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Acute Care: Injuries and Illnesses


Acute Care


Ankle Sprains



Athletes Foot

Body Piercing Infections

Canker Sores

Cough and Cold


Strep Throat

Female Urinary Tract Infections


Jock Itch

Meningococcal Meningitis

Sunburn Prevention/Treatment

Vomiting and Diarrhea

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Pierced areas, especially sensitive areas like the navel, can get infected months and even years after they were pierced, though infections most often occur very shortly after the time of piercing, as that is when the portal door is wide open. Local skin reactions may also be caused by an allergy to the jewelry material. Jewelry often contains brass plating, which can cause allergic reactions or infection. It is recommended that you use only surgical-grade stainless steel or solid 14-karat yellow gold, niobium or titanium.

Navel piercing are among the most difficult to heal, and complete healing can take as long as two years. Things like stress, poor diet, illness, or poor quality jewelry can prolong the healing time. Multivitamins (including vitamin C and zinc), clean clothes and bedding, good nutrition and exercise can facilitate healing and reduce your risk for infection.

If you accidentally damage a healed pierce, you can substantially set back the healing process, and become much more vulnerable to infection. Navel pierces are easily damaged by being caught on the waistbands or belts of clothing.

To aid healing and combat infection, it is very important to keep the pierce clean. The pierce should be washed twice a day, but no more than that unless dirt or sweat has gotten into it. Too much cleansing may undermine the body's natural ability to ward off infection. Remember to always wash your hands before touching the pierce.

Apply a salt solution (1/2 tsp. sea salt to one cup water) to the pierce for 3-4 minutes in order to soak off dried material that could cause internal damage. Clean the pierce with soap containing antibacterial agents. Apply the soap directly to the jewelry and rotate it through the pierce for one minute. Rinse thoroughly, making sure that there is no soap residue left in the pierce. Pat dry and apply moisturizer to the skin around the pierce.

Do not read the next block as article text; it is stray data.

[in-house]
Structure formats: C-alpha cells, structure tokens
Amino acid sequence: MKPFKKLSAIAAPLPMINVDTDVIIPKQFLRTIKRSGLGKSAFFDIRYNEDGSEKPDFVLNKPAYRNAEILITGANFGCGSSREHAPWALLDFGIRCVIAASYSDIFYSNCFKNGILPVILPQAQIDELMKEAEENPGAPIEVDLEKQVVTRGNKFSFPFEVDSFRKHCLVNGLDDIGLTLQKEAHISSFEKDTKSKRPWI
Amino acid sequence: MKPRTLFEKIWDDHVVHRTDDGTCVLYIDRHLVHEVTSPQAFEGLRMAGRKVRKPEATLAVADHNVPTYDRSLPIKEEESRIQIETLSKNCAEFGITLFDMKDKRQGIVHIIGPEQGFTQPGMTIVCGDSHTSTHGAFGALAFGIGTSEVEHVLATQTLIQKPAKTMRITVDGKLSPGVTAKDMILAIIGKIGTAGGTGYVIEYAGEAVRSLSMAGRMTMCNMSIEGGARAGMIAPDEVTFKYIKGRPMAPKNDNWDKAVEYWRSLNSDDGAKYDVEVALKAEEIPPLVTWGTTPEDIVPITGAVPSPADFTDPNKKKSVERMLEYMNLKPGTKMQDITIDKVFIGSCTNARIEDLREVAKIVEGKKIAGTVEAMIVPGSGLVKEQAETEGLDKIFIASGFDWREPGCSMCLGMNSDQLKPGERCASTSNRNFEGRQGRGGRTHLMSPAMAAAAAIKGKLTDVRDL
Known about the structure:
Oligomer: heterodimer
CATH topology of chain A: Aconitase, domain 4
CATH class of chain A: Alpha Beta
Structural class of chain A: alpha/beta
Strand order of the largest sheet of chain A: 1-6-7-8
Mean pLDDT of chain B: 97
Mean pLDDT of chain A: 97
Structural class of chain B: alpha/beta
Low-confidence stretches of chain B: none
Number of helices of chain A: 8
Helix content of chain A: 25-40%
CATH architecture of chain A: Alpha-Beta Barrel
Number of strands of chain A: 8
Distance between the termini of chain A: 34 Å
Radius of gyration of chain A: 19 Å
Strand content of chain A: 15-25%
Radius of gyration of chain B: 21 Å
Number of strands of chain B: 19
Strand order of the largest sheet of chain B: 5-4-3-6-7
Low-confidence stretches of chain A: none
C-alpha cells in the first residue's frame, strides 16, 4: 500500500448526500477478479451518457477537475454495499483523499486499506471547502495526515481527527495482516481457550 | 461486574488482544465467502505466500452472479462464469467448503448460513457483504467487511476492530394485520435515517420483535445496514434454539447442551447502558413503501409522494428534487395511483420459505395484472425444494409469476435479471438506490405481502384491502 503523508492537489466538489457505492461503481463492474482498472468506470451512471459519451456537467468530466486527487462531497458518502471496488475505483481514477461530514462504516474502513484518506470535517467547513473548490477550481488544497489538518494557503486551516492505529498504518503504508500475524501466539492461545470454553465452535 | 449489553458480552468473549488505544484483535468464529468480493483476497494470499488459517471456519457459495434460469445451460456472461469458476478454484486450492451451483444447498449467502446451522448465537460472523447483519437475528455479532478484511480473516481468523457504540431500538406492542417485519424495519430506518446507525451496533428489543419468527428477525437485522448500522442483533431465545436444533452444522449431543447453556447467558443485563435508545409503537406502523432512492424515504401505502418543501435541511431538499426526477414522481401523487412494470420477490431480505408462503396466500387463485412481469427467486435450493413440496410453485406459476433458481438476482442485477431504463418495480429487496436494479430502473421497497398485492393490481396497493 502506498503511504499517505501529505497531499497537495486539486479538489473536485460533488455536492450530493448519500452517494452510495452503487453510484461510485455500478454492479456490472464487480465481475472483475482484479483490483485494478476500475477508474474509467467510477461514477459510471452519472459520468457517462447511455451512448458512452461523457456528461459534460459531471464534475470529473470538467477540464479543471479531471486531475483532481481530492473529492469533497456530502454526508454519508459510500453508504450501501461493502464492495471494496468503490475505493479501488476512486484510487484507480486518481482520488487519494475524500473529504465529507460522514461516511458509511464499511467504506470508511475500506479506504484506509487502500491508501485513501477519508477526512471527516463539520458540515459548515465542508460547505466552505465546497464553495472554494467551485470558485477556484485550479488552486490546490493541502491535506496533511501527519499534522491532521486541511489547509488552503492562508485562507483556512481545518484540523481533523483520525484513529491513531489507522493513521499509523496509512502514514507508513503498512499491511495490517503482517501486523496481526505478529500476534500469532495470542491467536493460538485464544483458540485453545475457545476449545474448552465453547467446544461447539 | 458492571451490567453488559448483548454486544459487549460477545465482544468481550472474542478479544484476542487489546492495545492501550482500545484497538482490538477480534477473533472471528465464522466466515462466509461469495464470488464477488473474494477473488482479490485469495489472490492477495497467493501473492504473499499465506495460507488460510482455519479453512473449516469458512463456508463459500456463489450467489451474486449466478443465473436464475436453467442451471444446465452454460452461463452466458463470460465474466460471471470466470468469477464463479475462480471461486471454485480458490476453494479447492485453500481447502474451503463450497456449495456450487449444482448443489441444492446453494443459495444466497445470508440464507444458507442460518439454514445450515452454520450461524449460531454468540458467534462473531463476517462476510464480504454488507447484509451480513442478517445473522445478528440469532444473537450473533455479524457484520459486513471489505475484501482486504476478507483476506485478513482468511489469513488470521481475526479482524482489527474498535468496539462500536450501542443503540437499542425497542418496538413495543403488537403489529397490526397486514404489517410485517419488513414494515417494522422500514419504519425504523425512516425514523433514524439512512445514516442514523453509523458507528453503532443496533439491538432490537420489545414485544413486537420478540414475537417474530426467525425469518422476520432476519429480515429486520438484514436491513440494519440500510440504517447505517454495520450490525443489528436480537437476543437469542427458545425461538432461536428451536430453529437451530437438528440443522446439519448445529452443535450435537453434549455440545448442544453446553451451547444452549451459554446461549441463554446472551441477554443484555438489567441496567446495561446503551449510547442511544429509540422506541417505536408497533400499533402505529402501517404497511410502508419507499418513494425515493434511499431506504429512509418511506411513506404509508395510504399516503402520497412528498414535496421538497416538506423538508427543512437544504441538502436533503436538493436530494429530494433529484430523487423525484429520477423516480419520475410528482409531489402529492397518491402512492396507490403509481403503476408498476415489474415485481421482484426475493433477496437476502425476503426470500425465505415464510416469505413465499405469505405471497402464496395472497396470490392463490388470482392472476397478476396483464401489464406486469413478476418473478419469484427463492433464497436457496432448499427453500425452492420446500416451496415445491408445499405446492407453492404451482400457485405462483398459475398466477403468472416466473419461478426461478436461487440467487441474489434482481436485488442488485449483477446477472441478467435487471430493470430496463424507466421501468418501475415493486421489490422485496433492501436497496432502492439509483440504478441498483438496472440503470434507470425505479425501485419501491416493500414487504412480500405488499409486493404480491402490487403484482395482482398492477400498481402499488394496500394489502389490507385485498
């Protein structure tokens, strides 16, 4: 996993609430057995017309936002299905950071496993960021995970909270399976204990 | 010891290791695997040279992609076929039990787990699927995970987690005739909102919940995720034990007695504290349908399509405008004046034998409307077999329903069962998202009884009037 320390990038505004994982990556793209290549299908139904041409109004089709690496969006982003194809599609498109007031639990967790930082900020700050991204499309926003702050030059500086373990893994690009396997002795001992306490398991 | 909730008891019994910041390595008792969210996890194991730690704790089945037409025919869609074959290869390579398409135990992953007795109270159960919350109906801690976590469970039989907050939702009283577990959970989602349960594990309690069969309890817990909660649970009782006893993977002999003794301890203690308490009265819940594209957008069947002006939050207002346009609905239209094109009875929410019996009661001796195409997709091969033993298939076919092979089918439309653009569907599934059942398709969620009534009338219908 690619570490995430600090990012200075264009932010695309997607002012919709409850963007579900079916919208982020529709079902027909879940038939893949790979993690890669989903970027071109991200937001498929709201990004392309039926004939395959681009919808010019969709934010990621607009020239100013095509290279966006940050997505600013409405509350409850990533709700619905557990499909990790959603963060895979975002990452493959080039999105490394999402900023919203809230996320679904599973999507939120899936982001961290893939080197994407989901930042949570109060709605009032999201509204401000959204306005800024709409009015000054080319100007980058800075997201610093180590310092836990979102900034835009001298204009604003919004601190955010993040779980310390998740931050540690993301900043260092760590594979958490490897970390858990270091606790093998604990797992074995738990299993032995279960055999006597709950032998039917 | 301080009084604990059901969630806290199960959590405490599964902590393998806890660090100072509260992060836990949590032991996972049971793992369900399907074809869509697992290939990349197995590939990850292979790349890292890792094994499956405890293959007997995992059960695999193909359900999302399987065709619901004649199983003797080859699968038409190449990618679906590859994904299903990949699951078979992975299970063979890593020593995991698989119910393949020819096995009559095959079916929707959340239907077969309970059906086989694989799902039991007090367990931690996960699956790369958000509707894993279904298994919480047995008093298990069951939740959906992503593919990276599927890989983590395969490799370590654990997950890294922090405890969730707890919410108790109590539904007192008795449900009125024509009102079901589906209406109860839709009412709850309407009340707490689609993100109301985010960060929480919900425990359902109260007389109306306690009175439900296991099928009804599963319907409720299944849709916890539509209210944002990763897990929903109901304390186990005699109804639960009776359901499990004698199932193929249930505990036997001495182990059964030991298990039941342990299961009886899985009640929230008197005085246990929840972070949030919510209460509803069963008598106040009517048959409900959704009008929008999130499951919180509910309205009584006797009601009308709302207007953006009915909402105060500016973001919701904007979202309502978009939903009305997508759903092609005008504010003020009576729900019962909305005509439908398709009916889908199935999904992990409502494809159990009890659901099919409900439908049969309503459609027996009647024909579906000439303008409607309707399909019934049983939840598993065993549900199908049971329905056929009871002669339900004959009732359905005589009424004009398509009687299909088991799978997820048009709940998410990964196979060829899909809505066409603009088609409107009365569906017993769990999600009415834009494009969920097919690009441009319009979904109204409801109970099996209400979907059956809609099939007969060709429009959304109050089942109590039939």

Avoid soaps or moisturizers that are strongly scented or contain animal fats. Also avoid disinfectants such as hydrogen peroxide or alcohol. To treat infection, apply a small amount of antibiotic ointment to the pierce. Remove all excess ointment to make sure that the pierce is well-ventilated. Application of warm compresses may also soothe the irritated pierce. Severe infections may require oral antibiotics, which must be prescribed by your doctor.

If you do develop an infection, it is usually characterized by swelling, redness, a yellow-green pus-like discharge, and a sensitivity to touch. An allergic reaction is differentiated by a burning sensation, gaping skin around the pierce (as though it is trying to pull away from the metal), and a clear yellow, rather than yellow-green discharge. In the case of an allergy, the jewelry material should be promptly changed.

In the case of infection, it may be best to leave the jewelry in to ensure proper drainage and to prevent the formation of an abscess. It is essential that you see a clinician right away, especially if you are additionally experiencing fevers or abdominal pain.

So getting pierced doesn't have to sink you. With proper maintenance, your pierce can be a safe and permanent addition to your navel (or naval) accouterment.

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